Mrs. Sutherland lived alone since her husband's death for 12 years. She could be extremely difficult to get along with, which prompted some of her detractors to make the case that Mr. Sutherland died simply to escape his wife. As with most, but not all cases, it is the daughter who usually is burdened with caring for an elderly and sometimes irascible parent. Judith's brothers stopped by for an obligatory visit, but it was no secret that their wives would not be permitting the old woman to stay in their homes. It seemed curious to Judith that before her brothers' marriages, their spouses could not do enough for their future mother-in-law. Besides, they thought, Judith never married and lived close to her mother. It was her duty!
Judith actually lived about 20 minutes away from her mother. The demands of her job, especially the air travel, made the commutes to her mother's house (sometimes as much as 5 in one week) extremely stressful as she grew older. Then, there was the house. It was always in need of repair, and who would be crazy enough to invest money in that bad neighborhood!
The meeting with her mother did not go off well at first. 'I have been in this house for more than fifty years and I will die in this house!' The protestations of Mrs. Sutherland would not deter a determined Judith Sutherland this time. 'Well Mother…' she responded, 'If the neighborhood gets any worse you will get your wish…you might just get murdered in it...I'm moving!' The shocking revelation of her daughter's intent to move on with her life had caused her mother to re-evaluate her options. She had none.
It took her just minutes to fall in love with the house. Within hours Mrs. Sutherland meticulously re-arranged everything to her liking. Judith gave a sigh of relief. 'As long as she likes it…the old fussbudget!' For the first time in her life Judith Sutherland was a homeowner. Life could not be sweeter!
Although the house was in move-in condition with a new roof, furnace, and appliances, it was extremely large and demanded the aid of a domestic servant. Several applicants were given a thorough interview by Mrs. Sutherland (one of the women regarded it more as an interrogation). Three women were hired and fired in succession. The last one had lasted the longest. She had been employed for a whole week! No living person could put up with the old woman's frivolous demands, but… a robot could.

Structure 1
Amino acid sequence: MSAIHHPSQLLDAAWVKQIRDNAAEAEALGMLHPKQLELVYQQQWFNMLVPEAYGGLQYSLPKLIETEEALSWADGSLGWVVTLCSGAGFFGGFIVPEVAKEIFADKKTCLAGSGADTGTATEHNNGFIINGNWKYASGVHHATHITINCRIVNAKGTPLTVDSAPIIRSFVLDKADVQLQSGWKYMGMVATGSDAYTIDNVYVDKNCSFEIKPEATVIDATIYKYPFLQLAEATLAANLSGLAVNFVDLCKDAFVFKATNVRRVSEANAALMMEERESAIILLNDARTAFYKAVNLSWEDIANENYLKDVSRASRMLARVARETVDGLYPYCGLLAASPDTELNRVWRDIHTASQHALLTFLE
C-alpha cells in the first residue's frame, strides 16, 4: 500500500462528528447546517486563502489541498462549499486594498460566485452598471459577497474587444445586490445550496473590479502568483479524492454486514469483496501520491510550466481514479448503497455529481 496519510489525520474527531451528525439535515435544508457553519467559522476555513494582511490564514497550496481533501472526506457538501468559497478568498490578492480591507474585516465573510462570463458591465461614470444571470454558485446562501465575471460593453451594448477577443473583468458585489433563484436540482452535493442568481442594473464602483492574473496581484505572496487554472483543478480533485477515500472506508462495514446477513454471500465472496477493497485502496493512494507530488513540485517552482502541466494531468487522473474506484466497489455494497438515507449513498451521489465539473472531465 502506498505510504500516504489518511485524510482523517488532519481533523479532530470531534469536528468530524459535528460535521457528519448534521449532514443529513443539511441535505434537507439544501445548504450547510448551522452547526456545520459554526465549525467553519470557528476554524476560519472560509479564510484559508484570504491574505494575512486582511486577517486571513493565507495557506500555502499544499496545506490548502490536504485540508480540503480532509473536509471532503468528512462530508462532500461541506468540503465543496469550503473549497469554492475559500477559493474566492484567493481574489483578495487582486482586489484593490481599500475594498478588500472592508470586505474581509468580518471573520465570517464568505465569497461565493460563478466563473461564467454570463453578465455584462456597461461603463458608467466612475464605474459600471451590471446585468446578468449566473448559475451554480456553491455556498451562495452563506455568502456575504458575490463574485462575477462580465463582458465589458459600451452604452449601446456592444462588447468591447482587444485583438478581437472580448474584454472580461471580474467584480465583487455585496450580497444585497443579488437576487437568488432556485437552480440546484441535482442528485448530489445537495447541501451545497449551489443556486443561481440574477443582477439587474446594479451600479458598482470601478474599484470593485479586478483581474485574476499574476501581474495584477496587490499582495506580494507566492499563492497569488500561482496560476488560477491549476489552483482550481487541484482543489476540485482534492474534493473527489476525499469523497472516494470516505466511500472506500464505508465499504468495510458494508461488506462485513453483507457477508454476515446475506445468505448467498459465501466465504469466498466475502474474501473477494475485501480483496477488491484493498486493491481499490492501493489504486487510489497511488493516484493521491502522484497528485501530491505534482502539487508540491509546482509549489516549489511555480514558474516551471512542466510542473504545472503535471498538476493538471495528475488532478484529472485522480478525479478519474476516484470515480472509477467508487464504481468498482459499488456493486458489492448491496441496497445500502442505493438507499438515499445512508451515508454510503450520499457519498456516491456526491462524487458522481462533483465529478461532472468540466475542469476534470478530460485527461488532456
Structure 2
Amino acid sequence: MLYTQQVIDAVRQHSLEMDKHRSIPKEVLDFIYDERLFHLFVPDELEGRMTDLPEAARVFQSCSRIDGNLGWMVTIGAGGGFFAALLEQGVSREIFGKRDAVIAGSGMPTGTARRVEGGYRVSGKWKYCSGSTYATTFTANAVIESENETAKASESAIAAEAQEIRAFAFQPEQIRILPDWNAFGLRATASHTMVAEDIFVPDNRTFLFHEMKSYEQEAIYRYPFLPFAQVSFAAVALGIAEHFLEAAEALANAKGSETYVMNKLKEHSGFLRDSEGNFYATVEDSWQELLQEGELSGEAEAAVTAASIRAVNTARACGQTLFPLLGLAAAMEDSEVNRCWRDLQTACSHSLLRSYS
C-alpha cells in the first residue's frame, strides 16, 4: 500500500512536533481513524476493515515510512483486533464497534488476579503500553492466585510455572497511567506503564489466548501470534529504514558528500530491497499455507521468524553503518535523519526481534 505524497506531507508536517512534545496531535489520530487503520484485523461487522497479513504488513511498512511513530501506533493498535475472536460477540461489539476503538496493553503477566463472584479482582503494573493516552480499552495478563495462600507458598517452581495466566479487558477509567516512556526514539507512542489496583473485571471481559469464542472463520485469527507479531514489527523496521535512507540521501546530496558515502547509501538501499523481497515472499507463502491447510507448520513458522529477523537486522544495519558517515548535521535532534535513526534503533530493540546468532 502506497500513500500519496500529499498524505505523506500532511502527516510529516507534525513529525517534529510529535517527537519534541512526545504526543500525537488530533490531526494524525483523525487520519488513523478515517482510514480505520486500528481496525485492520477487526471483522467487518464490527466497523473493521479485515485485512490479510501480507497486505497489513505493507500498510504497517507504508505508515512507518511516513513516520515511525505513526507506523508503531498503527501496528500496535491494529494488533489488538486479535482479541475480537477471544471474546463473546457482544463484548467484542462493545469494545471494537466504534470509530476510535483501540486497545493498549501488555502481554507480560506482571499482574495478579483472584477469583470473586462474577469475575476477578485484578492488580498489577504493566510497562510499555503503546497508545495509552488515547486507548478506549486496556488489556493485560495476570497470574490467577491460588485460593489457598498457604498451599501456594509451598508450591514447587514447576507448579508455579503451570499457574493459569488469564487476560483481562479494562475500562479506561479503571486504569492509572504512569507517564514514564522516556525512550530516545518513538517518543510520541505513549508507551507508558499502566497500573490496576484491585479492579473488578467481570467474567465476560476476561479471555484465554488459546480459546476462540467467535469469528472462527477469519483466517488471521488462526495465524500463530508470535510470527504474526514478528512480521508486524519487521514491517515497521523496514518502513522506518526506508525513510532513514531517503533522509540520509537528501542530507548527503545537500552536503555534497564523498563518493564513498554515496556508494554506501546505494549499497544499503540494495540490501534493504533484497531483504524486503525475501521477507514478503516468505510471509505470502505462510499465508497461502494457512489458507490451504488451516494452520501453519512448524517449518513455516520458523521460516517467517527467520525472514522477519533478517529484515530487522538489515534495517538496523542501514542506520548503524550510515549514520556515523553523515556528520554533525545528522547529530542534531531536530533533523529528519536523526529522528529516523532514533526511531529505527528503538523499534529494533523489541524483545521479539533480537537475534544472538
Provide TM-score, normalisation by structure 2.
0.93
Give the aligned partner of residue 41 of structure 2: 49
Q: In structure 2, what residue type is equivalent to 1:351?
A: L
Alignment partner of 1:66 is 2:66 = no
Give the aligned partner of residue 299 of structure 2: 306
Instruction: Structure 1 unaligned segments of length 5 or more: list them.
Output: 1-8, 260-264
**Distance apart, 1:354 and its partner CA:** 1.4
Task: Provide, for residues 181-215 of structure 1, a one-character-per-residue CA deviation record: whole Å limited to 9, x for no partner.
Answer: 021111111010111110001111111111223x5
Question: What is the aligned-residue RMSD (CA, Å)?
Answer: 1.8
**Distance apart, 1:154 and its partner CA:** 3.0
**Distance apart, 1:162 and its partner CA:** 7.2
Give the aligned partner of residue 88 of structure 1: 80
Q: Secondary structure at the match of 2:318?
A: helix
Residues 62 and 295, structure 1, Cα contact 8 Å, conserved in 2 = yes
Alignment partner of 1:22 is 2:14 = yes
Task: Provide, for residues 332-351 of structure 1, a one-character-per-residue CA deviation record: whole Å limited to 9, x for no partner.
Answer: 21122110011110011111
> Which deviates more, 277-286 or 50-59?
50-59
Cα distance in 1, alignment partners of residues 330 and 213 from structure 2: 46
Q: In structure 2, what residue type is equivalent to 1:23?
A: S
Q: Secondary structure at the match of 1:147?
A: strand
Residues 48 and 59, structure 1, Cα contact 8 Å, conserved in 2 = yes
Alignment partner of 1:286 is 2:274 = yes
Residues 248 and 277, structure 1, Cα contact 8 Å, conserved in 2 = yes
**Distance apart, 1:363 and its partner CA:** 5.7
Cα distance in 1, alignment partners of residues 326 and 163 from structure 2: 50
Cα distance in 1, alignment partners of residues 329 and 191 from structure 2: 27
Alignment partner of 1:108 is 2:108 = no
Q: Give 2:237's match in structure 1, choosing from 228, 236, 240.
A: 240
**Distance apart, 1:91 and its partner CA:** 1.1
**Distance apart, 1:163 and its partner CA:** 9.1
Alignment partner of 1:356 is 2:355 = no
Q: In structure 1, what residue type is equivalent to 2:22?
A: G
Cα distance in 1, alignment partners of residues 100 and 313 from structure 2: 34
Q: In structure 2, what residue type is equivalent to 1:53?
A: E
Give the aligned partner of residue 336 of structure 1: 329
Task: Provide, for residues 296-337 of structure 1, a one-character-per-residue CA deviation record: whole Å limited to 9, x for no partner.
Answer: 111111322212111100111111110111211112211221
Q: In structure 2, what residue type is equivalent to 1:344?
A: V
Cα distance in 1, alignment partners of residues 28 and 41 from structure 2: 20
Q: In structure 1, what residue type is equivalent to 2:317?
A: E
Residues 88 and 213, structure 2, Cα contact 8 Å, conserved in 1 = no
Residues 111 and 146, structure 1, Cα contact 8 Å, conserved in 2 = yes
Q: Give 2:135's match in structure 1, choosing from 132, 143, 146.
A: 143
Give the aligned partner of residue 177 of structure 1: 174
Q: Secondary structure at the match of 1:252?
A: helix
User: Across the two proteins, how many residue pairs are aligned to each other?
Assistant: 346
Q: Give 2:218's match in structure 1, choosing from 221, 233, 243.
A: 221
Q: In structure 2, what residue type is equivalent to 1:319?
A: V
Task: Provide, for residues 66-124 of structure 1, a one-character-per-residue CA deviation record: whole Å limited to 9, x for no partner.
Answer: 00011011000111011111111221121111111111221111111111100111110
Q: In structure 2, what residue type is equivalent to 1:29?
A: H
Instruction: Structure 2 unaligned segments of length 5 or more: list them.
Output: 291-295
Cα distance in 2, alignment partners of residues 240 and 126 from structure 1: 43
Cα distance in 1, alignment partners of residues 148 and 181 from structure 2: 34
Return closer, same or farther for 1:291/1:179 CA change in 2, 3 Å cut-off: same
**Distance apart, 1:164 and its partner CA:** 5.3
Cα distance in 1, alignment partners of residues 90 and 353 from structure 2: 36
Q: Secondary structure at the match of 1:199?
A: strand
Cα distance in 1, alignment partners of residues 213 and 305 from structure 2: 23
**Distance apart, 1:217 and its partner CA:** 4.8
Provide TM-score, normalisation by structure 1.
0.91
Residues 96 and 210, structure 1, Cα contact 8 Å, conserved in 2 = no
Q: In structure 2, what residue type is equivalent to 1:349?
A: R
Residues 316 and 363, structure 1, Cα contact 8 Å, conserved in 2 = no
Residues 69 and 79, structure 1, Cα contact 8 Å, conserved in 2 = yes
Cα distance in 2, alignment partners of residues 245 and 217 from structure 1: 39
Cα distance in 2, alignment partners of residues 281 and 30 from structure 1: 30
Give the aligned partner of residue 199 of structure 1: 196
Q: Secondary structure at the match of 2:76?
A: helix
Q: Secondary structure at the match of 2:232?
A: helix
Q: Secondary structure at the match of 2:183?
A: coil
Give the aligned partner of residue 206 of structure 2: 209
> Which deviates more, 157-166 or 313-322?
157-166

The HBd11 (Hero Bartley domestic #11), was the most successfully produced domestic robotic servant from Service Robotics. The designers of the research department had accumulated enough data to give its newest model enough memory to perform tasks with a somewhat limited but satisfactory decision making process. One of the built in decision making features included a limit on the amount of alcoholic beverages that could be served to the client. Litigation continued to be a concern in the event of an accident which might occur due to substance abuse.
The HBd11 was popular and a best seller. Household chores could be programmed, scheduled, and tailored to the client's specific needs. The robot would then retire after performing its duties into an enclosed charging unit away from view until needed. The burden of caring for the elderly and chronically ill needing assistance in bathing and dressing had been alleviated.
Mrs. Sutherland received her daughter's "present" with curiosity and a guarded skepticism. She did not want to be considered ungrateful, but was this amalgamation of hydraulics, plastic, and electronics capable of cleaning a house to her satisfaction? If there could ever be a test pilot for domestic robots it was Judith's mother.
As efficient as the domestic servant was it could never be perfect. Mrs. Sutherland was determined to find any flaw in the HBd11. She was unaware, however, that the robot was learning from its mistress at every minute. It received her implacable criticisms with a stoic demeanor and droned the response "Yes, Madam". The household tasks could never be maintained in such an efficient manner under such an indefatigable taskmaster. A normal person would have been overjoyed to have such a useful and submissive helper, but this woman was not a normal woman.